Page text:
Nordic Choir
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Can a choir survive and even thrive on a repertoire of only "Ave Maria" settings?

A few thoughts:
1.  Does a choir need a (more) varied repertoire to keep participants occupied /  interested / challenged? 
2. The Ave Maria is probably the one text that has been used most often by composers through history and "comes in all shapes and colors". There's  variety and challenge for you. 
 
Check out my website: www.avemariasongs.org 
  • There are currently more than 3000 different Ave Maria settings listed of over 2800 composers, ranging from c1000AD through contemporary. That listing is of course quite incomplete.
  • More than 1600 Ave Marias have been documented with a musical score, MIDI and/or audio/video recordings.
  • More than 660 Ave Marias are available in MIDI format. 
  • Hundreds of  (non-copyrighted) scores can be downloaded for free.
 
An invitation, a challenge: 
  • Anyone interested to give it a try?
  • Anyone interested to take a more moderate approach and include a variety of Ave Maria settings in their choir's repertoire?  
  • Please make recordings / videos, and if of good enough quality to represent your choir, post them on YouTube. :-)
    Who knows, maybe that can grow into some kind of contest? 

     
 
Replies (3): Threaded | Chronological
on April 20, 2010 8:31am
Geert:  Someone needs to cast a dissenting vote, and it might as well be me!
 
I once planned a program (this for an Early Music Ensemble) that was all different settings of the Magnificat.  There was good musical variety, since we started with chant and went through 16th and 17th century settings and ended with Johann Christian Bach.  But my singers almost revolted, and I didn't feel that I could program ANY Magificat until that particular bunch of singers had graduated.
 
Of course I don't believe in the kind of concert that programs, say, all of the Bach Motets, either, although some people do like that kind of programming.  Variety is the spice of life, and spice is good!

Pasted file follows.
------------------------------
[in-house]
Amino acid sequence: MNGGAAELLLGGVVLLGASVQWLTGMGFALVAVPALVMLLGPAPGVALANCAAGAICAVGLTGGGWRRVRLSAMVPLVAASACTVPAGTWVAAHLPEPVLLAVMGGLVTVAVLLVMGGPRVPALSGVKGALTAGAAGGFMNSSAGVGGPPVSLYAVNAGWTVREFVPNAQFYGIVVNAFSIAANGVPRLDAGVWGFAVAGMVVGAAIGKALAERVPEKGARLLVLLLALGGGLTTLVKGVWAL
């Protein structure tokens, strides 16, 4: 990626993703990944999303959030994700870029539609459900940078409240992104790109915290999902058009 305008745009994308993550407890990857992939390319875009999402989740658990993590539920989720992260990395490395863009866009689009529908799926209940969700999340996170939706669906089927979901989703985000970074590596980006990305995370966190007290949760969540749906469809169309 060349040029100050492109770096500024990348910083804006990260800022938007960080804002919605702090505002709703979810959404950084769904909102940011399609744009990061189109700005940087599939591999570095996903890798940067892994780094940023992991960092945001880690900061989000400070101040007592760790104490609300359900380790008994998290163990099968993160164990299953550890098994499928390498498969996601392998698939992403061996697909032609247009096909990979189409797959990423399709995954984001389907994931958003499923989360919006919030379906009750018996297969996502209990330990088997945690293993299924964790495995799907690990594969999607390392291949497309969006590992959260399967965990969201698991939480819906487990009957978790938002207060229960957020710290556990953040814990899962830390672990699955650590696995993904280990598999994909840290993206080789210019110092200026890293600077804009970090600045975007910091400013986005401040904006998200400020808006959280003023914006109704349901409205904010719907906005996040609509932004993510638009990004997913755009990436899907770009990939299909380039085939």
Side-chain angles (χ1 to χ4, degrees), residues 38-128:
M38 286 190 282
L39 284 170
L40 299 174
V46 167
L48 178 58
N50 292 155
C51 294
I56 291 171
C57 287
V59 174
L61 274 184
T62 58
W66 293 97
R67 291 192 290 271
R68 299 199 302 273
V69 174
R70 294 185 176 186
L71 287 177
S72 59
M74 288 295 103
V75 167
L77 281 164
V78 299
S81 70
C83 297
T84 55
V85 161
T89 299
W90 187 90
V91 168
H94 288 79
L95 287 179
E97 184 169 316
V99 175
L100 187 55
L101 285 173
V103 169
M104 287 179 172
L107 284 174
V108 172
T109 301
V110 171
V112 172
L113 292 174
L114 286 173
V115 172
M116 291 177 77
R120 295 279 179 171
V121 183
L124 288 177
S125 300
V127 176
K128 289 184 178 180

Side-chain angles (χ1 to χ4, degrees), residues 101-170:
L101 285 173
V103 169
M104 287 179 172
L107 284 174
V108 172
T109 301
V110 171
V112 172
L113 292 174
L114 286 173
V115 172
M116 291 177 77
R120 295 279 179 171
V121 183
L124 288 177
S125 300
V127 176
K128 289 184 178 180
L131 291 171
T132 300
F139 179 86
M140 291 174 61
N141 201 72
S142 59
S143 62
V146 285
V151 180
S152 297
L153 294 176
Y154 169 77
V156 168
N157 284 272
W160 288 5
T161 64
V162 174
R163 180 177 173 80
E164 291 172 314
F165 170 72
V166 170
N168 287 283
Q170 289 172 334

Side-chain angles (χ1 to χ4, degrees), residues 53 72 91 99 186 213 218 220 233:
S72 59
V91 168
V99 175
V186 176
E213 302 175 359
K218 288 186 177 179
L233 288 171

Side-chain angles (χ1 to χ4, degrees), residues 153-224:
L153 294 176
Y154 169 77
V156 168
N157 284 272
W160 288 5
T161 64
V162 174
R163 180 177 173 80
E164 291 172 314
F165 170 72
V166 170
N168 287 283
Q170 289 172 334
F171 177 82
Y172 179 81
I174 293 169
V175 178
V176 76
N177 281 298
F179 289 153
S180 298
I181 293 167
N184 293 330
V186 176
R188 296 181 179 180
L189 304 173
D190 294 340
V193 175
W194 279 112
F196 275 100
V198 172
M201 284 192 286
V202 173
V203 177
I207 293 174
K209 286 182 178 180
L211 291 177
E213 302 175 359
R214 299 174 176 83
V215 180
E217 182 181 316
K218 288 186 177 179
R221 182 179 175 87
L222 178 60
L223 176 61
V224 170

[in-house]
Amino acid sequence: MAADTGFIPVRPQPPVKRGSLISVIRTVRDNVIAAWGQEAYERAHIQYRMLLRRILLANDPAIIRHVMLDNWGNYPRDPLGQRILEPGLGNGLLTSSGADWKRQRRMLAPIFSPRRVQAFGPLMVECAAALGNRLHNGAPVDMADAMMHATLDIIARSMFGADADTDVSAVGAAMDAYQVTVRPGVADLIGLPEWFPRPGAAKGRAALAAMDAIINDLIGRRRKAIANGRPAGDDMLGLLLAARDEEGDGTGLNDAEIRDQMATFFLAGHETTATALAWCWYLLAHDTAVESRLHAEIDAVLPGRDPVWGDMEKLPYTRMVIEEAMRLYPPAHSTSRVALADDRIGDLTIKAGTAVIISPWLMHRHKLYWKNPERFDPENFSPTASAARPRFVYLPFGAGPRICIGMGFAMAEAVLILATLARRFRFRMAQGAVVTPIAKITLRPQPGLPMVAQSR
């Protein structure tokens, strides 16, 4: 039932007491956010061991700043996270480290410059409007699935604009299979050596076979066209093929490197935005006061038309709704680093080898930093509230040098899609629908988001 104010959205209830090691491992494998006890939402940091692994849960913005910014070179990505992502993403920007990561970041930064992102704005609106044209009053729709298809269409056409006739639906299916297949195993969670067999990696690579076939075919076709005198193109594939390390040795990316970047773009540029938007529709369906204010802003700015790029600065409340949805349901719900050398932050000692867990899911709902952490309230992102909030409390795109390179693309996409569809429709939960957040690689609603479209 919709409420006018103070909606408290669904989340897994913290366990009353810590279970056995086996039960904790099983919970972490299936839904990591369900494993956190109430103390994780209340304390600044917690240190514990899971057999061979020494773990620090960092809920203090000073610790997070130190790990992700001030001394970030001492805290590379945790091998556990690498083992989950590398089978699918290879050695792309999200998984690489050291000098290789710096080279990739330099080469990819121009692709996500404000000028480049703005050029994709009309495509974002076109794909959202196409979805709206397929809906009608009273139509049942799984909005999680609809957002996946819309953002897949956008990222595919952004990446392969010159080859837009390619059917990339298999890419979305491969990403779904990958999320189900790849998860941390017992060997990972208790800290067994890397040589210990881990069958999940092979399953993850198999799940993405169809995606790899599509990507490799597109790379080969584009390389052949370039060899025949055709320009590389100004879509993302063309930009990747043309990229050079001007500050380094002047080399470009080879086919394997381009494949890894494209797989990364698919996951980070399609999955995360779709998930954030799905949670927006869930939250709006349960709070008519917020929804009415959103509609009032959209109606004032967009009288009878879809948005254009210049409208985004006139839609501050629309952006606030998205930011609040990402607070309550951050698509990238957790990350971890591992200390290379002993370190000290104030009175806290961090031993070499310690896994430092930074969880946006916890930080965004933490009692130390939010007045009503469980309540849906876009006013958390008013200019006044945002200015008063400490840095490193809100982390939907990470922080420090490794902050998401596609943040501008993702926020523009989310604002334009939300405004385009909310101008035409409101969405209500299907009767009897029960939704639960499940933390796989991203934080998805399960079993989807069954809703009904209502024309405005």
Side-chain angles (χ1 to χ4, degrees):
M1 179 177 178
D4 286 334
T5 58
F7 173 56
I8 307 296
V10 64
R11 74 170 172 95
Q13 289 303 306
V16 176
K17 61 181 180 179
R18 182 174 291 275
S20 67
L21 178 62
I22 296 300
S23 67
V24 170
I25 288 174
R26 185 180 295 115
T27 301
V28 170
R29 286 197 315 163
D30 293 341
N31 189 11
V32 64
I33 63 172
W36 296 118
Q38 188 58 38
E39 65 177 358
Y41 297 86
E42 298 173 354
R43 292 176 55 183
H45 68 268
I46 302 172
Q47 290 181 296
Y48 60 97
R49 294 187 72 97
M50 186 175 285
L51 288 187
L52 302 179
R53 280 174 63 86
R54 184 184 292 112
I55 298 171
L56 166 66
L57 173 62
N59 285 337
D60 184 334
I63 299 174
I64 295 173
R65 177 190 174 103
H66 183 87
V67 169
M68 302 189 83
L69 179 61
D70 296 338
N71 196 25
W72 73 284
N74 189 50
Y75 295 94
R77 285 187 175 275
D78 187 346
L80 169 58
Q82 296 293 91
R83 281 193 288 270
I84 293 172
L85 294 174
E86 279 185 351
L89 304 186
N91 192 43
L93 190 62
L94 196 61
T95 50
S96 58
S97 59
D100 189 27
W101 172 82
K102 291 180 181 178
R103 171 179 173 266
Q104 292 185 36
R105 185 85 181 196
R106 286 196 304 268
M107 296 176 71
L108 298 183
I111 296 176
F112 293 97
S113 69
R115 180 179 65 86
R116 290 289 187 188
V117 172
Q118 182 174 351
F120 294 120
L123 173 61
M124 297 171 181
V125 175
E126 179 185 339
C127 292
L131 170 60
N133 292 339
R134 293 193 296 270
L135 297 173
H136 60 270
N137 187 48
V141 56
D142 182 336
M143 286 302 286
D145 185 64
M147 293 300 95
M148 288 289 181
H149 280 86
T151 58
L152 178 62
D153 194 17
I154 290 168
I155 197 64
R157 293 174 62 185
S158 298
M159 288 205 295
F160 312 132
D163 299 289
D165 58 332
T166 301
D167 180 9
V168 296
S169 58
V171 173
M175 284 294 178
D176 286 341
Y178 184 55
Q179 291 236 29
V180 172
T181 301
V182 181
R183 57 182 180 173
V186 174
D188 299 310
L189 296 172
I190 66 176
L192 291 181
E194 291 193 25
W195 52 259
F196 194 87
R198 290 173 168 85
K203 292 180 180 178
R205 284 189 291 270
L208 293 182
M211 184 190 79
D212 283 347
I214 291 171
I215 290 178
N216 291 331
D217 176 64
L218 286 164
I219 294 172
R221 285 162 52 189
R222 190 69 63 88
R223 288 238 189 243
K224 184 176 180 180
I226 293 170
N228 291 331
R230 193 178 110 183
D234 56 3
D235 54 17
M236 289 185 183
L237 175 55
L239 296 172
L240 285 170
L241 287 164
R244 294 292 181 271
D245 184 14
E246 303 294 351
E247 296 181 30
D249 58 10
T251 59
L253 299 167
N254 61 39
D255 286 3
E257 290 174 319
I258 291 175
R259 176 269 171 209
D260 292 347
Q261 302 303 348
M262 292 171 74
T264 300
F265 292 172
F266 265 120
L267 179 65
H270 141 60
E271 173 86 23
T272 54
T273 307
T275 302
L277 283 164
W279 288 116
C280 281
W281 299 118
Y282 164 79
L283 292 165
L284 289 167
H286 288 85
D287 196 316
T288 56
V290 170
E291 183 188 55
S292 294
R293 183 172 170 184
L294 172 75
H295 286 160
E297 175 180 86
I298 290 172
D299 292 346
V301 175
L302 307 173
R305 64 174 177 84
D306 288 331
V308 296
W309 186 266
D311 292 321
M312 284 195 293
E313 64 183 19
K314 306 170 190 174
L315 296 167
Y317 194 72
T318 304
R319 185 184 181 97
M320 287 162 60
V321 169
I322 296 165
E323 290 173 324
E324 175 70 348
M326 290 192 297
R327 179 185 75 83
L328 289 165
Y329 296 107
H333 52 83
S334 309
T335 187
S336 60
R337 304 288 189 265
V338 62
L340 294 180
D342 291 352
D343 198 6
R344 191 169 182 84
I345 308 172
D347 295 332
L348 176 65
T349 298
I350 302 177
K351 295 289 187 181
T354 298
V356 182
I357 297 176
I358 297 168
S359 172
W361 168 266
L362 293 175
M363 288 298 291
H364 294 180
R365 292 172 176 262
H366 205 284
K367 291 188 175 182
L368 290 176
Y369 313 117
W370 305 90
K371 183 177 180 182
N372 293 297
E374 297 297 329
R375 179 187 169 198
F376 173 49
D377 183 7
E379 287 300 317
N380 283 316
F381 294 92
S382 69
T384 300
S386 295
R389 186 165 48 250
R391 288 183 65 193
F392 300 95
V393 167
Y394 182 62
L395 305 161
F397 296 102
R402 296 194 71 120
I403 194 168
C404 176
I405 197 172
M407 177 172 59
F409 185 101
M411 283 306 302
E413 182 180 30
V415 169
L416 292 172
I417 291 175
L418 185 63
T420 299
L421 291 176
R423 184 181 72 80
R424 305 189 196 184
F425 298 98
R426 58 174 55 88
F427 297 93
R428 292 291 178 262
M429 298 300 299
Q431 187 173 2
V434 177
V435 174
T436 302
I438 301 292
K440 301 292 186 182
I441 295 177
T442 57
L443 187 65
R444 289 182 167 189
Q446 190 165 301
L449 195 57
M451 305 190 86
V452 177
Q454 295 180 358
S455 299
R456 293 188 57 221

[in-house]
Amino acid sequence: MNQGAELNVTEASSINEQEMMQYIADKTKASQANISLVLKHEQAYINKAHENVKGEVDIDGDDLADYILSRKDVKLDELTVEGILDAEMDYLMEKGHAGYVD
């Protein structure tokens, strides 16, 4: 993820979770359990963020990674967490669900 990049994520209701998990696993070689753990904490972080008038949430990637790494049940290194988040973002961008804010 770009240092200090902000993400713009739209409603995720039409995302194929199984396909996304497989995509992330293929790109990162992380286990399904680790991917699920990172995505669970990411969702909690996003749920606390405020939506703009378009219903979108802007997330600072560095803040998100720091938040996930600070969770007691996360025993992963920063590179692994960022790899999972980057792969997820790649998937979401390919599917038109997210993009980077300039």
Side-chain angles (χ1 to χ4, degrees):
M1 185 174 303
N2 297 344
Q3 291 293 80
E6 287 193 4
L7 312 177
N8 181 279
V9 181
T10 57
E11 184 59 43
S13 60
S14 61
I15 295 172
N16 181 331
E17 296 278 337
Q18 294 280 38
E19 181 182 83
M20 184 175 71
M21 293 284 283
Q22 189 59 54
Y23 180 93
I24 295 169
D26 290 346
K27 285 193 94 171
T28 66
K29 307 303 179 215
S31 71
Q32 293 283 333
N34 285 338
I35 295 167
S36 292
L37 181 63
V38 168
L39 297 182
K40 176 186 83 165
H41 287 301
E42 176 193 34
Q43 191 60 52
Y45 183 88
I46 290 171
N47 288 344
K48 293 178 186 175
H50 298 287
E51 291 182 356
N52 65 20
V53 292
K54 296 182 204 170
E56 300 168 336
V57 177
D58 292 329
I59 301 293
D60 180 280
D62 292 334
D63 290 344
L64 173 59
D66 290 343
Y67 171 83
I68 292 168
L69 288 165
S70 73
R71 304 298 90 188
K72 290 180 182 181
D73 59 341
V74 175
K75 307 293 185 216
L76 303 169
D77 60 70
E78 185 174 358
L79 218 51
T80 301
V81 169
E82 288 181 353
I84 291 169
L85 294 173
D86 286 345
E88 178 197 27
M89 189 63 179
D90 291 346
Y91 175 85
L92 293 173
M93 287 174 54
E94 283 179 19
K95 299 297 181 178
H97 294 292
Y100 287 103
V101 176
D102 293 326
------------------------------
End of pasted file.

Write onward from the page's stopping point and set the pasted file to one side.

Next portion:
So no, I would never program a complete program of Ave Marias.  On the other hand, David Schildkret did a graduate recital of all DIFFERENT Marian texts (subtitled "Mary Was a Grand Old Gal," at least among us singers!) that was VERY successful programming.
 
John
 
 
on April 20, 2010 10:09am
John said (in part): "Of course I don't believe in the kind of concert that programs, say, all of the Bach Motets, either, although some people do like that kind of programming.  Variety is the spice of life, and spice is good!"
 
Yes, variety is great. It's a good thing that the Bach motets present such a variety of form, texture, affect, tonal and vocal color, etc., etc. ...  :-)  Several weeks ago it was my privilege to sing in a performance of all six Bach motets, presented by the all-professional ensemble CONCORA (www.concora.org) and a small consort from the Hartford Symphony Orchestra. The concert, which had been highly anticipated in our community, was a stunningly beautiful performance (OK, I'm biased) . Audience and critics had warm praise. Here's a link to the review in the Hartford Courant :
 
 
CONCORA presents an annual all-Bach concert, generally with one motet and 2 cantatas. We are currently working through the Missa Brevae, which are rarely performed (though much of their music is familiar as Bach re-used much of it in cantatas and vice versa).
 
Of course, any programming is a matter of taste - the taste of the music director who creates the program, and the taste of an audience who comes to hear it. In the case of programs like all-Bach, or all "Ave Maria," or an entire concert of music by a single composer, much depends on the skill of the ensemble to present the material with excellence and conviction.
 
Sarah Hager Johnston
GraceNotes
 
 
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